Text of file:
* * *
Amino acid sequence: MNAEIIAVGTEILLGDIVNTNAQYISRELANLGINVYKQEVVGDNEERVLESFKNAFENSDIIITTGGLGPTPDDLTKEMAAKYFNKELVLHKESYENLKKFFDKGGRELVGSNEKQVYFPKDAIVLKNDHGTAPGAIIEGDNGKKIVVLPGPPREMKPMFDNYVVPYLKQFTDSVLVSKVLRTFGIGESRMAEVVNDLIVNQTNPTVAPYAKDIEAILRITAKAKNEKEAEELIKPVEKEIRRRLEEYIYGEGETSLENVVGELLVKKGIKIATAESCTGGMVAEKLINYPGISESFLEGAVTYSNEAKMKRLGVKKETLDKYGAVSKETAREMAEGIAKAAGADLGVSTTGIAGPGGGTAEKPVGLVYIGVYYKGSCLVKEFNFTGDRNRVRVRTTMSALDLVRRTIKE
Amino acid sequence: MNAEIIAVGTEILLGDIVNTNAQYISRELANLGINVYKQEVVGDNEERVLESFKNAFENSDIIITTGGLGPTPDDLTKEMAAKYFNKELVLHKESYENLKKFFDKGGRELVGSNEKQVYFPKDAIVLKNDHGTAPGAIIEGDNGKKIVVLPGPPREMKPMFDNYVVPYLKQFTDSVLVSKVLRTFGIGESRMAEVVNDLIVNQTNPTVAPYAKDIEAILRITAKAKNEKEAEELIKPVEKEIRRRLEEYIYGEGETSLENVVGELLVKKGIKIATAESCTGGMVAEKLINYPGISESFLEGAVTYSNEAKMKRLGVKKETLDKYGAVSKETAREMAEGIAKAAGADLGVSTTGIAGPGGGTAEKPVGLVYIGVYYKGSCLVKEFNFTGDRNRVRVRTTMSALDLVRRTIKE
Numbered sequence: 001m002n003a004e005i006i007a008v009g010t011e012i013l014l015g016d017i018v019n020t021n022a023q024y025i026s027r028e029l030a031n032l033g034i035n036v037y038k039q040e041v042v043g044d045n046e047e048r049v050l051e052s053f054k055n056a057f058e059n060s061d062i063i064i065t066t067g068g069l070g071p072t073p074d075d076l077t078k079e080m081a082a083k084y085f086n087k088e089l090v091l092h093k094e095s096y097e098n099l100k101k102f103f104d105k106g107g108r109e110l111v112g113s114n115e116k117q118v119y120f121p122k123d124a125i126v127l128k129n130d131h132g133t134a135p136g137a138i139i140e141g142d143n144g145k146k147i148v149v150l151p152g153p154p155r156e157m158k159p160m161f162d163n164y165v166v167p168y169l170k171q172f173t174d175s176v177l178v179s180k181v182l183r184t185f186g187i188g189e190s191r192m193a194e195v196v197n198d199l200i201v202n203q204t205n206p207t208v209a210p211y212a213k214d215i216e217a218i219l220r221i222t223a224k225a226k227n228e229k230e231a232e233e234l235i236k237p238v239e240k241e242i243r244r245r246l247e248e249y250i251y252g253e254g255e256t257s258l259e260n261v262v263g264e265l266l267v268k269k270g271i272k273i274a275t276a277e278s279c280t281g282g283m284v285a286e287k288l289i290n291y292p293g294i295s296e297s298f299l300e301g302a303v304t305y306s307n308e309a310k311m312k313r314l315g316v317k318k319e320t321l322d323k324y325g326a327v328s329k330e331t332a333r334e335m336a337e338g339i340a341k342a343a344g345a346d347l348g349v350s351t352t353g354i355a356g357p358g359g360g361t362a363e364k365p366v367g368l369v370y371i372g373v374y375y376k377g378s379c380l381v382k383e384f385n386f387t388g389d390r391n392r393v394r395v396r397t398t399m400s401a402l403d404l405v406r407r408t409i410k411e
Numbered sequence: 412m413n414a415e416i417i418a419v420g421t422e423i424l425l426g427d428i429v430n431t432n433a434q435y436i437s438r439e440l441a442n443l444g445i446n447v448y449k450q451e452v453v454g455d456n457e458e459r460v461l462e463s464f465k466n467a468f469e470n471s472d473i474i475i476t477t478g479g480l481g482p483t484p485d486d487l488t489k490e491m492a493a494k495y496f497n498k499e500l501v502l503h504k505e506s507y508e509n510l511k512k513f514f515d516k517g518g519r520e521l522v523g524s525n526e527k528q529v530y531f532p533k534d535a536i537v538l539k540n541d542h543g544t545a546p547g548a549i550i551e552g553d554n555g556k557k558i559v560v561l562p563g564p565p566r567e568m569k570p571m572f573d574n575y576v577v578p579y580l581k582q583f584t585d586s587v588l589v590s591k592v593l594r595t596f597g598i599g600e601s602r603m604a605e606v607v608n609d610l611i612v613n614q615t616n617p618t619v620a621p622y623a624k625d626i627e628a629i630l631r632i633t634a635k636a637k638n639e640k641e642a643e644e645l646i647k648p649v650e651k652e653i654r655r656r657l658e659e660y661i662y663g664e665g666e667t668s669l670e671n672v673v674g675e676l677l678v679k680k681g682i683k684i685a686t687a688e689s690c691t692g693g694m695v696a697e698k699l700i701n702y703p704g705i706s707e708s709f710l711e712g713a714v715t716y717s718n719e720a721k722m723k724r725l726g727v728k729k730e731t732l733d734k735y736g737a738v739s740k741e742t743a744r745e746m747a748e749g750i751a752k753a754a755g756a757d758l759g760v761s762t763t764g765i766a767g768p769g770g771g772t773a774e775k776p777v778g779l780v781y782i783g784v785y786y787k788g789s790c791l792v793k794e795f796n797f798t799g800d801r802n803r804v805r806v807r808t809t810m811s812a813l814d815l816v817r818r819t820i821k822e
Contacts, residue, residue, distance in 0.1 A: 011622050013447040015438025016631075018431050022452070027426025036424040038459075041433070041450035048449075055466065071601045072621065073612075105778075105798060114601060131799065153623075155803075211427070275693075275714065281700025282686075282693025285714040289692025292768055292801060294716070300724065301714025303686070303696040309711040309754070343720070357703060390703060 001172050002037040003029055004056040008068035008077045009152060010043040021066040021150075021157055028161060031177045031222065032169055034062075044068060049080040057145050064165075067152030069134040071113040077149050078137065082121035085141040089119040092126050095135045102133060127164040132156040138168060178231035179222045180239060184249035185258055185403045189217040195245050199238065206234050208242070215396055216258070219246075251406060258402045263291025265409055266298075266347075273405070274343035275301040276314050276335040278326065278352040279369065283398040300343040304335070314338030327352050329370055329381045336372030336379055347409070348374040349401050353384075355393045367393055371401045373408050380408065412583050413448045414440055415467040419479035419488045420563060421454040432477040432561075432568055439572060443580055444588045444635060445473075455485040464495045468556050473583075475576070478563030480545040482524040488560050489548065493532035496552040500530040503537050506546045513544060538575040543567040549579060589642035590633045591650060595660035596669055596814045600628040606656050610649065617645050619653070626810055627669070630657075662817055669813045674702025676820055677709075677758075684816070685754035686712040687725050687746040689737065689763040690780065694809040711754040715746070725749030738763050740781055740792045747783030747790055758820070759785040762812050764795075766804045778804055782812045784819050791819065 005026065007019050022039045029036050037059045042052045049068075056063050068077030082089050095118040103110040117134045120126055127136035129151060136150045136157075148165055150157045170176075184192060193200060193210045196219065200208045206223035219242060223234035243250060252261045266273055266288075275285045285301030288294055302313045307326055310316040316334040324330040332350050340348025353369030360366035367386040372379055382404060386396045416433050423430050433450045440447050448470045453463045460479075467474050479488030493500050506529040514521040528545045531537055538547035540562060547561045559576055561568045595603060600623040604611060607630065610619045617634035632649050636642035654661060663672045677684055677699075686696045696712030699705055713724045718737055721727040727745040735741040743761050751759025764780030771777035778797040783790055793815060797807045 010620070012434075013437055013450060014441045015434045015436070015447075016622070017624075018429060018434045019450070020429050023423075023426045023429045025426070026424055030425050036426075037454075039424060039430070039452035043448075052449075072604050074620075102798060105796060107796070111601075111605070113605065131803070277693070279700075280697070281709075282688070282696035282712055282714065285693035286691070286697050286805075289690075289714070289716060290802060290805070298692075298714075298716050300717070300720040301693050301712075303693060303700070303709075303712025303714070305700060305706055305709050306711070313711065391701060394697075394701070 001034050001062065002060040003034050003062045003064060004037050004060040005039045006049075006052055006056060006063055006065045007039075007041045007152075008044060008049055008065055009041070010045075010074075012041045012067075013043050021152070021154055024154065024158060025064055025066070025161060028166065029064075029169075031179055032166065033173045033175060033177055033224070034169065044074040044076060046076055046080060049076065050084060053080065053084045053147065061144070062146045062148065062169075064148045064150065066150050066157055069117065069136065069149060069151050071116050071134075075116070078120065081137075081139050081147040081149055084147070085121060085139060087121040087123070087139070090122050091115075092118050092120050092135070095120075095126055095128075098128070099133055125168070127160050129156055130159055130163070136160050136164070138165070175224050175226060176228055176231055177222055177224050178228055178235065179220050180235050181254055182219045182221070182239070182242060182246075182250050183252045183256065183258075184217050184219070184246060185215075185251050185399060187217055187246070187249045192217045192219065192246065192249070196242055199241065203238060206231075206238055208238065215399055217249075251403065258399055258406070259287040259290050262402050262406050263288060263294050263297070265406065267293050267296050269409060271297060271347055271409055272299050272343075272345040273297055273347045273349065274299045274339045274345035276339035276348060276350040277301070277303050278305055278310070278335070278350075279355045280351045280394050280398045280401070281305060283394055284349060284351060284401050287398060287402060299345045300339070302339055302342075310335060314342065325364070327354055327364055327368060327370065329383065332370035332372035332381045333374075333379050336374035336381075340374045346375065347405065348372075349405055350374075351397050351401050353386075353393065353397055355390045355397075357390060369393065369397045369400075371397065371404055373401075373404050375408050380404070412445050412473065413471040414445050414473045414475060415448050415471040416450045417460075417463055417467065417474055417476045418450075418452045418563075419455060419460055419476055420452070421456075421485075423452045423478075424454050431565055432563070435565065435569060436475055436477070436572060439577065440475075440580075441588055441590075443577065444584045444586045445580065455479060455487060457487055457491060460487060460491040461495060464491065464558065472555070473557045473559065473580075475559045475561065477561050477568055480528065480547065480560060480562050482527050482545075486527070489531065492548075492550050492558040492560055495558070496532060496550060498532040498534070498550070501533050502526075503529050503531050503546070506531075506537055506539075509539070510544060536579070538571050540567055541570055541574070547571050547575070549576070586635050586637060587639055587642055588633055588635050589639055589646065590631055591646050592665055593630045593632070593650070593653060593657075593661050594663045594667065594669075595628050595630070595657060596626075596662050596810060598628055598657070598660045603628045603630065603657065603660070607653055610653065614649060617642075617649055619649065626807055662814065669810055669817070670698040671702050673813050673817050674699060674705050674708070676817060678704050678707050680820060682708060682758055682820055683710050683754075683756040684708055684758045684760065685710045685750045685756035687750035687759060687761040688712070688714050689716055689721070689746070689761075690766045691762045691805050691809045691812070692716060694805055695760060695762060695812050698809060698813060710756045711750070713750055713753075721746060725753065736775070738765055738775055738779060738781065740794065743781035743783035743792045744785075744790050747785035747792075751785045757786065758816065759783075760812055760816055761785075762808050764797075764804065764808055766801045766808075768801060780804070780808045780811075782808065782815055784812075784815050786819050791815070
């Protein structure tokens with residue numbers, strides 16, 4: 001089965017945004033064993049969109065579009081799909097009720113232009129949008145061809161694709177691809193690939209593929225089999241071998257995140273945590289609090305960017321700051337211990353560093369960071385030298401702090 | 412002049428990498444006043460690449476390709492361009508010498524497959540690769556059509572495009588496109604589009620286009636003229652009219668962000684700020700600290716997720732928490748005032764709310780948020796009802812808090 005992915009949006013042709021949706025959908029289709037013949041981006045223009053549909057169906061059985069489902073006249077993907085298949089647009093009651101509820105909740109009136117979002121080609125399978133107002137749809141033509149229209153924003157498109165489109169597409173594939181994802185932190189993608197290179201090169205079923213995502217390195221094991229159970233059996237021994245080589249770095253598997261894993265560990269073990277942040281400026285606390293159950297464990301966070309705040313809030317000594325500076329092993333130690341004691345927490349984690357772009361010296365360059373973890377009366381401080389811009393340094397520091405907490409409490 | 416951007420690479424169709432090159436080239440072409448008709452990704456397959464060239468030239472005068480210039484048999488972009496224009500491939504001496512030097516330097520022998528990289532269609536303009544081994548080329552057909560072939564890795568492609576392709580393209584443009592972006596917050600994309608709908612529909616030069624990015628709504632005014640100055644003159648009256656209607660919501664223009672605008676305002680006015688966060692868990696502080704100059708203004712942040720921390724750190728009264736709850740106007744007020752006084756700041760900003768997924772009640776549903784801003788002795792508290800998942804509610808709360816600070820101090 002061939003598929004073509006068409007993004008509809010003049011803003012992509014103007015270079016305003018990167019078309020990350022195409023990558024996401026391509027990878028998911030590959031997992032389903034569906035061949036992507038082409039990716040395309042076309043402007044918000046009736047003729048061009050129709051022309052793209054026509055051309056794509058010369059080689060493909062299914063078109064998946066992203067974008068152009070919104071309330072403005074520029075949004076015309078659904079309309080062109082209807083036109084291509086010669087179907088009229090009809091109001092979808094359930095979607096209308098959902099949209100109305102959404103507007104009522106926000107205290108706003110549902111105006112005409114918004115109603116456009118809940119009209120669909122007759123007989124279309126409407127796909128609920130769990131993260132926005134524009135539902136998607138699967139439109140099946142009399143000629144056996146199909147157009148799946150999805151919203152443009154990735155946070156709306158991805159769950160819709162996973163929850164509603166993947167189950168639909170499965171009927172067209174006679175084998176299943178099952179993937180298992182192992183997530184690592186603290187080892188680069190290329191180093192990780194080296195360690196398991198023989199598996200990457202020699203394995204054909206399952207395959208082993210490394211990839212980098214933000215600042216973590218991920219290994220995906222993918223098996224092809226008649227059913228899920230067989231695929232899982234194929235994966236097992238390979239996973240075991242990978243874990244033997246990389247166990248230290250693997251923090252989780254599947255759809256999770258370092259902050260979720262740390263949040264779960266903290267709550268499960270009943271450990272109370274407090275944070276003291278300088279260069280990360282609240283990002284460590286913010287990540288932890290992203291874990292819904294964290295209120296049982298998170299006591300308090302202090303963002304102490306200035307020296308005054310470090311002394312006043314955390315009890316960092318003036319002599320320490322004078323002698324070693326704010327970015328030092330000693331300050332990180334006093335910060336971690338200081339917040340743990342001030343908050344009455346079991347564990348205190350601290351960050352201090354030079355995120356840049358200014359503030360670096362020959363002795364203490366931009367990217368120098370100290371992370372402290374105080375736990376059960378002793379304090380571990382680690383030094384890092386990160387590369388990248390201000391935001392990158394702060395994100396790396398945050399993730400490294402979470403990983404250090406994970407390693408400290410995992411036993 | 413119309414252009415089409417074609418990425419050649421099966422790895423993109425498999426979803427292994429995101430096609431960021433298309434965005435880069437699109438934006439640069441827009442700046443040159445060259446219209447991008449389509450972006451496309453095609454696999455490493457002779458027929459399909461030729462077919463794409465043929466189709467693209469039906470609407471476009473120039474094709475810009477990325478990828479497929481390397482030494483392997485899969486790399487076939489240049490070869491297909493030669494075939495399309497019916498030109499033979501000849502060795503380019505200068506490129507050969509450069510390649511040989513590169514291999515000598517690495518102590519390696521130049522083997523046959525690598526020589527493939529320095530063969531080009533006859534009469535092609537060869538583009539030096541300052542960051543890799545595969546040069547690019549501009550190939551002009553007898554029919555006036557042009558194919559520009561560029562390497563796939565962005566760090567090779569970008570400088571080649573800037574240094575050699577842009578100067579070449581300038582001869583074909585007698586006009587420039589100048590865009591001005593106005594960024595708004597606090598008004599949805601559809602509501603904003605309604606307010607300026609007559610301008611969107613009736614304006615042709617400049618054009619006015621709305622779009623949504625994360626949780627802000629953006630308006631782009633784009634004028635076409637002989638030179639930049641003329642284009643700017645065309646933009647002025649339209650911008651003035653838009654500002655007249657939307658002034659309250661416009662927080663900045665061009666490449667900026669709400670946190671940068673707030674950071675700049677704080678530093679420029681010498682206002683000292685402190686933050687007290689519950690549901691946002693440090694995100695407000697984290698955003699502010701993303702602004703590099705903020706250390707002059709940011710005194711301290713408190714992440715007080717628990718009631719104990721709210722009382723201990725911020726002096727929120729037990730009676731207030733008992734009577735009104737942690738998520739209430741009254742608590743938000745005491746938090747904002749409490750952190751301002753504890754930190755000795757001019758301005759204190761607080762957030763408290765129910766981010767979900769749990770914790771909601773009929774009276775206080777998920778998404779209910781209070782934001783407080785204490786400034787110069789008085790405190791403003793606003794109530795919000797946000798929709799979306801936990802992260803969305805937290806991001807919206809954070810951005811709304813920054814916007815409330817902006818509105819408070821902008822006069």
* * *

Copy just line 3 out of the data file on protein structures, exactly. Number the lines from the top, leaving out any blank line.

Numbered sequence: 001m002n003a004e005i006i007a008v009g010t011e012i013l014l015g016d017i018v019n020t021n022a023q024y025i026s027r028e029l030a031n032l033g034i035n036v037y038k039q040e041v042v043g044d045n046e047e048r049v050l051e052s053f054k055n056a057f058e059n060s061d062i063i064i065t066t067g068g069l070g071p072t073p074d075d076l077t078k079e080m081a082a083k084y085f086n087k088e089l090v091l092h093k094e095s096y097e098n099l100k101k102f103f104d105k106g107g108r109e110l111v112g113s114n115e116k117q118v119y120f121p122k123d124a125i126v127l128k129n130d131h132g133t134a135p136g137a138i139i140e141g142d143n144g145k146k147i148v149v150l151p152g153p154p155r156e157m158k159p160m161f162d163n164y165v166v167p168y169l170k171q172f173t174d175s176v177l178v179s180k181v182l183r184t185f186g187i188g189e190s191r192m193a194e195v196v197n198d199l200i201v202n203q204t205n206p207t208v209a210p211y212a213k214d215i216e217a218i219l220r221i222t223a224k225a226k227n228e229k230e231a232e233e234l235i236k237p238v239e240k241e242i243r244r245r246l247e248e249y250i251y252g253e254g255e256t257s258l259e260n261v262v263g264e265l266l267v268k269k270g271i272k273i274a275t276a277e278s279c280t281g282g283m284v285a286e287k288l289i290n291y292p293g294i295s296e297s298f299l300e301g302a303v304t305y306s307n308e309a310k311m312k313r314l315g316v317k318k319e320t321l322d323k324y325g326a327v328s329k330e331t332a333r334e335m336a337e338g339i340a341k342a343a344g345a346d347l348g349v350s351t352t353g354i355a356g357p358g359g360g361t362a363e364k365p366v367g368l369v370y371i372g373v374y375y376k377g378s379c380l381v382k383e384f385n386f387t388g389d390r391n392r393v394r395v396r397t398t399m400s401a402l403d404l405v406r407r408t409i410k411e